How would less authoritarian rule in Syria,even if President Assad remains in office,likely affect the opportunityfor Israel to negotiate a peace treaty with the Syrians? Withthe Palestinian track stalled,why has the current Israeli gov-ernment not explored the Syrian track?
As long the situation in Syria worsens andPresident Assad becomes an unwanted personality in theworld,it is difficult to talk about a peace settlement with Syria.The burning issue is the Palestinian issue,where there is a part-ner ready and able.
There has been much speculation in recent months thatIsrael might launch a preventive strike against Hezbollah inLebanon or another military offensive against Hamas in Gaza.How likely is either of these scenarios in your view?
In my opinion,there is no likelihood that Israelwill launch a preemptive strike.In general,following the Arabspring,any clashes between Israel and the Arab world willprobably begin as a struggle between Israeli soldiers andPalestinian protesters.These demonstrations may start outnon-violent but there is a chance they could lead to bloodshed.Israel must do all that it can to advance peace with thePalestinians to prevent any such catastrophe.
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Do you think an interim peace plan could be moreacceptable to the Palestinian Authority now than previously?
Ithink the current situation shows that thePalestinians want to know what will be the final borders of aPalestinian state and not be satisfied with leaving the questionopen.An interim solution for them may actually turn out to bethe end of the conflict and therefore they are afraid to staywith only half the West Bank.The first stage must be to resolvethe question of borders and only after that resolve theJerusalem issue and the refugees’ status.This could be a suc-cessful formula that addresses the important issues,but alsotaking it in stages.This is also somewhat what US PresidentObama presented in his recent speech.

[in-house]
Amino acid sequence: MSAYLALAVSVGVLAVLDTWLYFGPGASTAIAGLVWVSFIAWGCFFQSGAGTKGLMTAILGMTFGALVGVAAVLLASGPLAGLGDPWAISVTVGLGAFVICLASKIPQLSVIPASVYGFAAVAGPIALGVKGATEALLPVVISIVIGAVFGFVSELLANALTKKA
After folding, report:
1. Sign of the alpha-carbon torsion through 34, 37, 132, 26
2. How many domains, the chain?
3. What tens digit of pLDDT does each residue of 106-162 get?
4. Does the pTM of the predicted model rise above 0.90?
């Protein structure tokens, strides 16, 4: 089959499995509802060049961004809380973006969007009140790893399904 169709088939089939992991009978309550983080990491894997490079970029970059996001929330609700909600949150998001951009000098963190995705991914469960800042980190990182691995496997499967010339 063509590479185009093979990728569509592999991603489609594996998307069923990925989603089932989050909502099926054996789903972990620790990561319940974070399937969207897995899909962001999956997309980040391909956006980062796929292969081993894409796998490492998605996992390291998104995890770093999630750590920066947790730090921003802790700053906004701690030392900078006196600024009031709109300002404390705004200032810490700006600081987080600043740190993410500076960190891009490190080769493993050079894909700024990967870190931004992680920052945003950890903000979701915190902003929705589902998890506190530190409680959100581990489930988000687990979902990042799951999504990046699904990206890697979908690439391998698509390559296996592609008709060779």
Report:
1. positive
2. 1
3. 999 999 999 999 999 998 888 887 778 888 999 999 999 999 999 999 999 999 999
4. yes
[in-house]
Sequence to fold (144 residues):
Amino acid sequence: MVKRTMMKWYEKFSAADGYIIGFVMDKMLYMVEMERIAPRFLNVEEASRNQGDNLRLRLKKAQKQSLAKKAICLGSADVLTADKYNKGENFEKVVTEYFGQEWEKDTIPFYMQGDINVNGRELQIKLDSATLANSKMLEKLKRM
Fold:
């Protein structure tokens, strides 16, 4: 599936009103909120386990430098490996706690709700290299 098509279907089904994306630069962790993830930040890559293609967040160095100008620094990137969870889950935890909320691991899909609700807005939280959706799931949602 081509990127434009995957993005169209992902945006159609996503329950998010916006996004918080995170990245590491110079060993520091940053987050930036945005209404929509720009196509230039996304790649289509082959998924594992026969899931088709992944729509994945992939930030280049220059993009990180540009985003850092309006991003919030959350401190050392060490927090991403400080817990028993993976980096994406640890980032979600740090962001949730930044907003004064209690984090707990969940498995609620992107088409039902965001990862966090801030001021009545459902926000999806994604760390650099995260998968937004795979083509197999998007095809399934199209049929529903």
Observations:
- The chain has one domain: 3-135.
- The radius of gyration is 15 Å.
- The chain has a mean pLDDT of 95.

Do you expect that pressure from the U.S.and Europemay deter the P.A from seeking recognition of a sovereignPalestinian state at the UN General Assembly this autumn?
In our opinion,the train has already left thestation and the Palestinian people expect the announcement,even if only a symbolic declaration from the UN GeneralAssembly.It does not seem possible to stop the initiative andnow we must plan how Israel should move forward in thenegotiations and reach an agreed text of a statement.
With respect to the previous question,if the Palestiniansdo win UN recognition as a sovereign state,what would be theconsequences for Israel? How would the Netanyahu govern-ment respond?
It is likely that the Palestinians will not be abletogain a UN Security Council decision to establish a state andtherefore the vote will only be a declaration at the GeneralAssembly.This is not a legally significant change,but we willsee a rise in international support towards the Palestinians.Countries will upgrade their representative office in Ramallah,to Embassies - we can expect condemnations across the boardagainst Israel.Calls for boycotts in the West Bank and Gazamaycreate a “Palestinian Spring”with the masses taking tothe streets and storming checkpoints and settlements.
How do you explain the fact that,while the Arab springhas been occurring in the Middle East and North Africa,Palestinians are one of the few Arab populations who were notprotesting against harsh rule,neither in the West Bank norGaza Strip?
Canadian Friends of Peace Nowis always looking for volunteers.
...the Palestinians want to know what will be the final borders of a Palestinian state
Calls for boycotts in the West Bank and Gaza may create a “Palestinian Spring”